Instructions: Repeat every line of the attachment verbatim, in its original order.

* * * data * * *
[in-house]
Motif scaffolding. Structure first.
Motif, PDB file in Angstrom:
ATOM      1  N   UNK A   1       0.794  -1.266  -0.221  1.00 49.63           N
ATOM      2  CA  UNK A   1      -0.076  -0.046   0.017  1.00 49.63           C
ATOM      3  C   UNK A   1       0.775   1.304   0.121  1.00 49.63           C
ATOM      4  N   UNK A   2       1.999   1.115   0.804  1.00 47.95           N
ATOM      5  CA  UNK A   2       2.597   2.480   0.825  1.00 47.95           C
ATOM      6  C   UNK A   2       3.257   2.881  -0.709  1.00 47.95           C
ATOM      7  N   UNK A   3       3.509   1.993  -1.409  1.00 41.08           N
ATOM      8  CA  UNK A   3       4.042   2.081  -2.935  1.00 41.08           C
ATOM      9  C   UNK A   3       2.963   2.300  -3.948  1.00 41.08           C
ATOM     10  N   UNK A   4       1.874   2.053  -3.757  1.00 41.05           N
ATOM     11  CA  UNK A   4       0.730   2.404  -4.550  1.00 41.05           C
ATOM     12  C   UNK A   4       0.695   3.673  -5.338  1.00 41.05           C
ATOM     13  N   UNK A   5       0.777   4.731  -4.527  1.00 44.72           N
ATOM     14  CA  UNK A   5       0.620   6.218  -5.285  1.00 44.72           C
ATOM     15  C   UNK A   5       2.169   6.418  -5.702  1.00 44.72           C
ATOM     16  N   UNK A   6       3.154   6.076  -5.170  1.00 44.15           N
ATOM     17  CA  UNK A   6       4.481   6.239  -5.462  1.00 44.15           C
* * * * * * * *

[in-house]
Motif scaffolding. Structure first.
Motif, PDB file in Angstrom:
ATOM      1  N   UNK A   1       0.794  -1.266  -0.221  1.00 49.63           N
ATOM      2  CA  UNK A   1      -0.076  -0.046   0.017  1.00 49.63           C
ATOM      3  C   UNK A   1       0.775   1.304   0.121  1.00 49.63           C
ATOM      4  N   UNK A   2       1.999   1.115   0.804  1.00 47.95           N
ATOM      5  CA  UNK A   2       2.597   2.480   0.825  1.00 47.95           C
ATOM      6  C   UNK A   2       3.257   2.881  -0.709  1.00 47.95           C
ATOM      7  N   UNK A   3       3.509   1.993  -1.409  1.00 41.08           N
ATOM      8  CA  UNK A   3       4.042   2.081  -2.935  1.00 41.08           C
ATOM      9  C   UNK A   3       2.963   2.300  -3.948  1.00 41.08           C
ATOM     10  N   UNK A   4       1.874   2.053  -3.757  1.00 41.05           N
ATOM     11  CA  UNK A   4       0.730   2.404  -4.550  1.00 41.05           C
ATOM     12  C   UNK A   4       0.695   3.673  -5.338  1.00 41.05           C
ATOM     13  N   UNK A   5       0.777   4.731  -4.527  1.00 44.72           N
ATOM     14  CA  UNK A   5       0.620   6.218  -5.285  1.00 44.72           C
ATOM     15  C   UNK A   5       2.169   6.418  -5.702  1.00 44.72           C
ATOM     16  N   UNK A   6       3.154   6.076  -5.170  1.00 44.15           N
ATOM     17  CA  UNK A   6       4.481   6.239  -5.462  1.00 44.15           C